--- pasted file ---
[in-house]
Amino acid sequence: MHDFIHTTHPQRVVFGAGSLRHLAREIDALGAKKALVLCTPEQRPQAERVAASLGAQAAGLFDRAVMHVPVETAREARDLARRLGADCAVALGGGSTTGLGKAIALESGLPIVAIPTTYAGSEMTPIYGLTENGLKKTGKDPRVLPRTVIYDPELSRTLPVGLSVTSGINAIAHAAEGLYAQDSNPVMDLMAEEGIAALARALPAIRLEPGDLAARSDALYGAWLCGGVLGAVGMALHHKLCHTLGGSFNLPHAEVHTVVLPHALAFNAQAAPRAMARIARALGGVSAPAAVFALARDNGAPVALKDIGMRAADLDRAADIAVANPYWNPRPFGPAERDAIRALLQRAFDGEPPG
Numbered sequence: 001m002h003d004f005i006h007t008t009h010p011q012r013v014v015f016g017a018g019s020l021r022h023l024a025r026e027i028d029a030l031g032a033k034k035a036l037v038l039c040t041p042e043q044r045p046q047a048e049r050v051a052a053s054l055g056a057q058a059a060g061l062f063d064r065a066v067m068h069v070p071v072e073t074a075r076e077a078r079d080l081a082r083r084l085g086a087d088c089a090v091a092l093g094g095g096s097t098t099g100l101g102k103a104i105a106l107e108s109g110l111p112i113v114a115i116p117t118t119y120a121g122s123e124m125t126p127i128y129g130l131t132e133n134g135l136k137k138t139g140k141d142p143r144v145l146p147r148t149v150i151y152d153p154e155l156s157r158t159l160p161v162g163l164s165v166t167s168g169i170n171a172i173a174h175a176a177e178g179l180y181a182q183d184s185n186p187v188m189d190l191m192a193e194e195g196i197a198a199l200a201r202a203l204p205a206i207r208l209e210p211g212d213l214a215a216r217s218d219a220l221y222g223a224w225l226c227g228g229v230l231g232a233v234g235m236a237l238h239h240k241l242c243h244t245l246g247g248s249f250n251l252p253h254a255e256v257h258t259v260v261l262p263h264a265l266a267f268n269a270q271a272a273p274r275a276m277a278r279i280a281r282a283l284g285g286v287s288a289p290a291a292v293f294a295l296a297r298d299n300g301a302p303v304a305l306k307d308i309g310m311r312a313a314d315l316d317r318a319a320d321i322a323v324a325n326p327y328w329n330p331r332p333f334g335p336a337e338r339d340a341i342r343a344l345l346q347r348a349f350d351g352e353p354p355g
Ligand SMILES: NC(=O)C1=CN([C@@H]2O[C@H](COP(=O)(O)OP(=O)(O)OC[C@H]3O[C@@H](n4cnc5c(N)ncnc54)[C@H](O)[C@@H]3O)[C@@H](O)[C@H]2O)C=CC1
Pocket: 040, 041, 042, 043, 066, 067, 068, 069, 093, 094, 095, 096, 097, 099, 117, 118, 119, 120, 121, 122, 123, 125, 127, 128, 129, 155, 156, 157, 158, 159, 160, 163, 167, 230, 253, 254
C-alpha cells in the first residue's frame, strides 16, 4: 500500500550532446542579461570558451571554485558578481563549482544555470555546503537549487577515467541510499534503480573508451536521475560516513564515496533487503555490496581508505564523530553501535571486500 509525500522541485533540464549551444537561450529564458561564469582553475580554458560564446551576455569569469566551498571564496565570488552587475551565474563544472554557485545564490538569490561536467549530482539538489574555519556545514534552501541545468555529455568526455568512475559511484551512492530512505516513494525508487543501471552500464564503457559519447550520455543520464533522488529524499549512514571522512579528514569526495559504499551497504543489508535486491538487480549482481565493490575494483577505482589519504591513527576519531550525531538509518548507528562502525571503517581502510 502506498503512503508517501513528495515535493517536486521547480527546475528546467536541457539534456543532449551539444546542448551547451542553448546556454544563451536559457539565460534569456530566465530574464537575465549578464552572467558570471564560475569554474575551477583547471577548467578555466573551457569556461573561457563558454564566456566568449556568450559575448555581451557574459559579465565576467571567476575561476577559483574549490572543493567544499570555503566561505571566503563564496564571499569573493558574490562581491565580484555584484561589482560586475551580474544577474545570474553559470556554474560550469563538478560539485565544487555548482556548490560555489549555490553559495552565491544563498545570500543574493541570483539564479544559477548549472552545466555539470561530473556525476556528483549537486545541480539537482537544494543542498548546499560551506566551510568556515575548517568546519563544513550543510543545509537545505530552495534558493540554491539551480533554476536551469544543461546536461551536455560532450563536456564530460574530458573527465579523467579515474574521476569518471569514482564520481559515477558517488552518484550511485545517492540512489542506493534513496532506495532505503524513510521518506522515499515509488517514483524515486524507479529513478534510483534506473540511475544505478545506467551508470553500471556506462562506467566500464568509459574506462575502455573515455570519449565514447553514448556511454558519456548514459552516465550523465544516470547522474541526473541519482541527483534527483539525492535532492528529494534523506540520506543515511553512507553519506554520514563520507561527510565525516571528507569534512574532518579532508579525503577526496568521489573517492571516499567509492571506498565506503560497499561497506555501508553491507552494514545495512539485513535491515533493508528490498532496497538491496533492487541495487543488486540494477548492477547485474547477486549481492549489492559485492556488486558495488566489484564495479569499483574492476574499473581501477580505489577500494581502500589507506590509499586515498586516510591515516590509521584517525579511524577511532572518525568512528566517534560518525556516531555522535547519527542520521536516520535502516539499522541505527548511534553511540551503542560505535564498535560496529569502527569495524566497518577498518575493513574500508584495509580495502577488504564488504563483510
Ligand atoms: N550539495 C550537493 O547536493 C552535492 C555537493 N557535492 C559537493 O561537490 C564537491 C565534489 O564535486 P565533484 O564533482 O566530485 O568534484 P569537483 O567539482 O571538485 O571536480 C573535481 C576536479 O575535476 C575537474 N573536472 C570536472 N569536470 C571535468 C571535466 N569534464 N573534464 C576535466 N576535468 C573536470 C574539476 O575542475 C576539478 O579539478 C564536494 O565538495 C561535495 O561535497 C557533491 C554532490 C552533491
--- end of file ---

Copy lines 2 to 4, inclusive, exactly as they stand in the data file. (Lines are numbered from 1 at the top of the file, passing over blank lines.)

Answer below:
Amino acid sequence: MHDFIHTTHPQRVVFGAGSLRHLAREIDALGAKKALVLCTPEQRPQAERVAASLGAQAAGLFDRAVMHVPVETAREARDLARRLGADCAVALGGGSTTGLGKAIALESGLPIVAIPTTYAGSEMTPIYGLTENGLKKTGKDPRVLPRTVIYDPELSRTLPVGLSVTSGINAIAHAAEGLYAQDSNPVMDLMAEEGIAALARALPAIRLEPGDLAARSDALYGAWLCGGVLGAVGMALHHKLCHTLGGSFNLPHAEVHTVVLPHALAFNAQAAPRAMARIARALGGVSAPAAVFALARDNGAPVALKDIGMRAADLDRAADIAVANPYWNPRPFGPAERDAIRALLQRAFDGEPPG
Numbered sequence: 001m002h003d004f005i006h007t008t009h010p011q012r013v014v015f016g017a018g019s020l021r022h023l024a025r026e027i028d029a030l031g032a033k034k035a036l037v038l039c040t041p042e043q044r045p046q047a048e049r050v051a052a053s054l055g056a057q058a059a060g061l062f063d064r065a066v067m068h069v070p071v072e073t074a075r076e077a078r079d080l081a082r083r084l085g086a087d088c089a090v091a092l093g094g095g096s097t098t099g100l101g102k103a104i105a106l107e108s109g110l111p112i113v114a115i116p117t118t119y120a121g122s123e124m125t126p127i128y129g130l131t132e133n134g135l136k137k138t139g140k141d142p143r144v145l146p147r148t149v150i151y152d153p154e155l156s157r158t159l160p161v162g163l164s165v166t167s168g169i170n171a172i173a174h175a176a177e178g179l180y181a182q183d184s185n186p187v188m189d190l191m192a193e194e195g196i197a198a199l200a201r202a203l204p205a206i207r208l209e210p211g212d213l214a215a216r217s218d219a220l221y222g223a224w225l226c227g228g229v230l231g232a233v234g235m236a237l238h239h240k241l242c243h244t245l246g247g248s249f250n251l252p253h254a255e256v257h258t259v260v261l262p263h264a265l266a267f268n269a270q271a272a273p274r275a276m277a278r279i280a281r282a283l284g285g286v287s288a289p290a291a292v293f294a295l296a297r298d299n300g301a302p303v304a305l306k307d308i309g310m311r312a313a314d315l316d317r318a319a320d321i322a323v324a325n326p327y328w329n330p331r332p333f334g335p336a337e338r339d340a341i342r343a344l345l346q347r348a349f350d351g352e353p354p355g
Ligand SMILES: NC(=O)C1=CN([C@@H]2O[C@H](COP(=O)(O)OP(=O)(O)OC[C@H]3O[C@@H](n4cnc5c(N)ncnc54)[C@H](O)[C@@H]3O)[C@@H](O)[C@H]2O)C=CC1